I have an executable file that is not lending itself for disassembling or decompiling well as usual/expected.

file and ldd are giving an output different than the usual:

$ file exe_file
exe_file: ELF 64-bit LSB shared object, x86-64, version 1 (GNU/Linux), statically linked, stripped

$ ldd exe_file
    not a dynamic executable

strings is also giving hints something is off:

$strings exe_file
$Info: This file is packed with the UPX executable packer http://upx.sf.net $
$Id: UPX 3.91 Copyright (C) 1996-2013 the UPX Team. All Rights Reserved. $


$ ls -la exe_file
-rwxr-xr-x 1 root root 59896 Jan 22 15:26 exe_file

What is happening?

  • 2
    No mystery. It is a UPX-packed binary. Packed binaries in many cases appear to the file command as a statically linked binary.
    – fpmurphy
    Commented Jan 24, 2018 at 4:46
  • @fpmurphy1 I came across it in malware a couple of weeks ago and albeit I recognised it for what it is, I was not aware of such technology since DOS time when I was a very active assembly programmer. The static linked binary bit here is more to document it for others. Have you really searched for UPX here? There were only vague references to it. I lost maybe 1h researching the subject. Commented Jan 24, 2018 at 11:30
  • Packers and compressors, of which there are a large number, are subjects that are discussed in some detail in any decent malware analysis course.
    – fpmurphy
    Commented Jan 24, 2018 at 16:13
  • @fpmurphy1 I knew that from old times, and was investigating it for Linux after someone asked me to investigate a malware problem, and I found it was packed. Fascinating stuff for an old assembly afficionado. I have not dealt with such a low level for a while, only that recently had a technical challenge where I reengineered a couple of small binaries, and I enjoyed the challenge a lot. Commented Jan 24, 2018 at 16:20

1 Answer 1


From the telltales signatures, we are dealing with a packed UPX executable file.

UPX is a free, portable, extendable, high-performance executable packer for several executable formats.

Usually UPX is used to pack/mask binaries/malware/viruses as it's signatures/core are whitelisted in most AV solutions.

Be aware that in some malware executable files, UPX can be the outer layer, and you may have another "inner" packer of other packing/compression technology after "unpacking" the UPX layer.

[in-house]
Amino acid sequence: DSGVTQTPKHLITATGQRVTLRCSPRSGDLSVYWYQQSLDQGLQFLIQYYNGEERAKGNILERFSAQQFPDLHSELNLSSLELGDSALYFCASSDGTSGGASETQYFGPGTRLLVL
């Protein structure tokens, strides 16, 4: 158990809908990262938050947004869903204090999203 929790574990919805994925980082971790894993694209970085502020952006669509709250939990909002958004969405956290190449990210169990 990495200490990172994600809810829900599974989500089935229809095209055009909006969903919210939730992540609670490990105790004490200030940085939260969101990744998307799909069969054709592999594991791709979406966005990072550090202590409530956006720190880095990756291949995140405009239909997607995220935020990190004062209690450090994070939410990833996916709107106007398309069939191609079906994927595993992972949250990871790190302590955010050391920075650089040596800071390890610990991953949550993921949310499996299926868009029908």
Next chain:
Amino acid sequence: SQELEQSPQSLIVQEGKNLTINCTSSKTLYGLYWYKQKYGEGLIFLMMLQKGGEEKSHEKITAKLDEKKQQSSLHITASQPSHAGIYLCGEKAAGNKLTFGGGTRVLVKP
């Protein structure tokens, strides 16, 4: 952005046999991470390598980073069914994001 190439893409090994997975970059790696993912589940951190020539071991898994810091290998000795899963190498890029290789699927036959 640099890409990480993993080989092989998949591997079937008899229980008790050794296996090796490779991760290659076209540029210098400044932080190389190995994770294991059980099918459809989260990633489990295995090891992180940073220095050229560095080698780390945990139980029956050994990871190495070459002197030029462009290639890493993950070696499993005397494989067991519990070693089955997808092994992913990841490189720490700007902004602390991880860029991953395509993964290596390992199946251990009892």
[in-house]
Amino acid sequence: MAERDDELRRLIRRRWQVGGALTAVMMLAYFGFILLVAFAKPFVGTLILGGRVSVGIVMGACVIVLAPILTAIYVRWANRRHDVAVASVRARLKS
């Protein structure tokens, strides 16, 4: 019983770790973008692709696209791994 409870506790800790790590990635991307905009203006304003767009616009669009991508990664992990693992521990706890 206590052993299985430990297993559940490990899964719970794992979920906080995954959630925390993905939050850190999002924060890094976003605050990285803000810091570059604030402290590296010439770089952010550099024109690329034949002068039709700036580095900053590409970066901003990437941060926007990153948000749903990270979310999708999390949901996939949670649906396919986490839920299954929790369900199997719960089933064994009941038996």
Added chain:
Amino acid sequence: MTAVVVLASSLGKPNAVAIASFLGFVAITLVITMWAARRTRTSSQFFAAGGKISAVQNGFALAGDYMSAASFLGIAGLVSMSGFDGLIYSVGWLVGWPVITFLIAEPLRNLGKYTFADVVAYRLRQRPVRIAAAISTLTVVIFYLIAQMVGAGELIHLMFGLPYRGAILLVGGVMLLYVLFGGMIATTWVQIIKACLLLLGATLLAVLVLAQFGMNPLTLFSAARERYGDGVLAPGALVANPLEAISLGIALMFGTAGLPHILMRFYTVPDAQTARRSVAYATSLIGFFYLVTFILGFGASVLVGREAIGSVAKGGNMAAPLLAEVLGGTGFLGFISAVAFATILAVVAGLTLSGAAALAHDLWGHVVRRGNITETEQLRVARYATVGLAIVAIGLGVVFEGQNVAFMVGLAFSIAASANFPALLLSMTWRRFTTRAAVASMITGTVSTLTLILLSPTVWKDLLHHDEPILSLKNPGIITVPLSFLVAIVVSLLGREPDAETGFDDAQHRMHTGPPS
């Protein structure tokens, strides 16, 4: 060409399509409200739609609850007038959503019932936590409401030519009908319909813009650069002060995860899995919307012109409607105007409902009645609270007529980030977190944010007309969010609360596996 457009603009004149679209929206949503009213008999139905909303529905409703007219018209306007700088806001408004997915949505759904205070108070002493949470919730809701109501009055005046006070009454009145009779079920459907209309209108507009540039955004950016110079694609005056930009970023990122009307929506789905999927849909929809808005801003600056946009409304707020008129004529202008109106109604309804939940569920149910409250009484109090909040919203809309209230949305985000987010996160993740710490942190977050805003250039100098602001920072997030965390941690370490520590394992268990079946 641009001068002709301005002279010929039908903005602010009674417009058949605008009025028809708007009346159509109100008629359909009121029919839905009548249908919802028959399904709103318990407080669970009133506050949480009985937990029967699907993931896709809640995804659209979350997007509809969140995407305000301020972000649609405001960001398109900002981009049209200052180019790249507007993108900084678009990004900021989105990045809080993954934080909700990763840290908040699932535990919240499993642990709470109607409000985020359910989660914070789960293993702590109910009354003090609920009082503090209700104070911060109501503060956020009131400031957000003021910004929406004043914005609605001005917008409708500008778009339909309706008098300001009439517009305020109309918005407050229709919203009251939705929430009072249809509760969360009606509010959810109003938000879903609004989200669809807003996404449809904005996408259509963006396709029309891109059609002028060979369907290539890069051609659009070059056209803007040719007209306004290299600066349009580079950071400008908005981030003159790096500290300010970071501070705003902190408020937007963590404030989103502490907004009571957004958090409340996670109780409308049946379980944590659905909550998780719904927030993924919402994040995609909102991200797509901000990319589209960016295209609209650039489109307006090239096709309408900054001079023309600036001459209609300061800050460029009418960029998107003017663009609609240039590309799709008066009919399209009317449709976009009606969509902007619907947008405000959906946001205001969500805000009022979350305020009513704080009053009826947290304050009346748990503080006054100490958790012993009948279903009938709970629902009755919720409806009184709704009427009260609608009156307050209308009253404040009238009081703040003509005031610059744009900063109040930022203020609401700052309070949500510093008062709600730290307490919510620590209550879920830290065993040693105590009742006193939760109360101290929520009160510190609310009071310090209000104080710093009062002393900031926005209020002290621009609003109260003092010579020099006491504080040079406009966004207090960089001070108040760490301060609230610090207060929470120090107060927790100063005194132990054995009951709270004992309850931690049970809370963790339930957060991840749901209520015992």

To unpack the binary, it is necessary to install upx.

Installing UPX in MacOS using MacPorts:

sudo port install upx

Installing UPX in Debian and derivates:

sudo apt-get install upx-ucl

To unpack the executable binary file:

upx -d exe_file

To pack it:

upx exe_file

For comparison, after unpacking exe_file with:

upx -d exe_file

We rerun the commands in the question and the results are quite different:

$ file exe_file
exe_file: ELF 64-bit LSB shared object, x86-64, version 1 (SYSV), dynamically linked, interpreter /lib64/ld-linux-x86-64.so.2, for GNU/Linux 2.6.32, BuildID[sha1]=3c233e12c466a83aa9b2094b07dbfaa5bd10eccd, stripped

$ ldd exe_file
    linux-vdso.so.1 (0x00007ffd431d3000)
    libselinux.so.1 => /lib/x86_64-linux-gnu/libselinux.so.1 (0x00007f7f7fb7d000)
    libc.so.6 => /lib/x86_64-linux-gnu/libc.so.6 (0x00007f7f7f7de000)
    libpcre.so.3 => /lib/x86_64-linux-gnu/libpcre.so.3 (0x00007f7f7f56b000)
    libdl.so.2 => /lib/x86_64-linux-gnu/libdl.so.2 (0x00007f7f7f367000)
    /lib64/ld-linux-x86-64.so.2 (0x00007f7f7ffc6000)
    libpthread.so.0 => /lib/x86_64-linux-gnu/libpthread.so.0 (0x00007f7f7f14a000)

# ls -la exe_file
-rwxr-xr-x 1 root root 130736 Jan 22 15:26 exe_file

related question Understanding what a Linux binary is doing

  • 1
    If an unpacker utility is not available (which is usually the case), the general methodology is to use your debugger to find the OEP, dump the process memory, fix up the segments, entry point, etc. so you have a unpacked executable binary
    – fpmurphy
    Commented Jan 24, 2018 at 4:51
  • @RuiFRiberio. So you ask a question and immediately answer the question? Why ask the question in the first place?
    – fpmurphy
    Commented Jan 24, 2018 at 4:59
  • 3
    @fpmurphy1 answering your own question is completely acceptable; in fact SE sites provide an answer field alongside the question field when you ask a question. I’m guessing Rui realised there wasn’t much about unpacking UPX on this site when he wrote this great answer, and thought it would be worth writing something... The point isn’t to ask a question (Rui obviously knew the answer), it’s to provide an answer to a potentially-useful question for the benefit of others. Commented Jan 24, 2018 at 5:37
  • @StephenKitt Comments should let me tag two people. Answer follows in the next comment. Commented Jan 24, 2018 at 9:45
  • @fpmurphy1 I have got hundreds of questions where I answer them. Even Jon Skeet has them too, in case you have not noticed. I answer my own questions for the benefit of others and myself. My memory is not what it used to be, and it is nice to have these DB of knowledge in the cloud. I also am using this answer as an anchor to a bigger answer because I mention packers there, and found only vague references to them in Unix&Linux. Finally, I was finally with the technology but had to research outside of Unix&Linux how to dealt with it with MacPorts and Debian, and hence the post. (continued) Commented Jan 24, 2018 at 9:50

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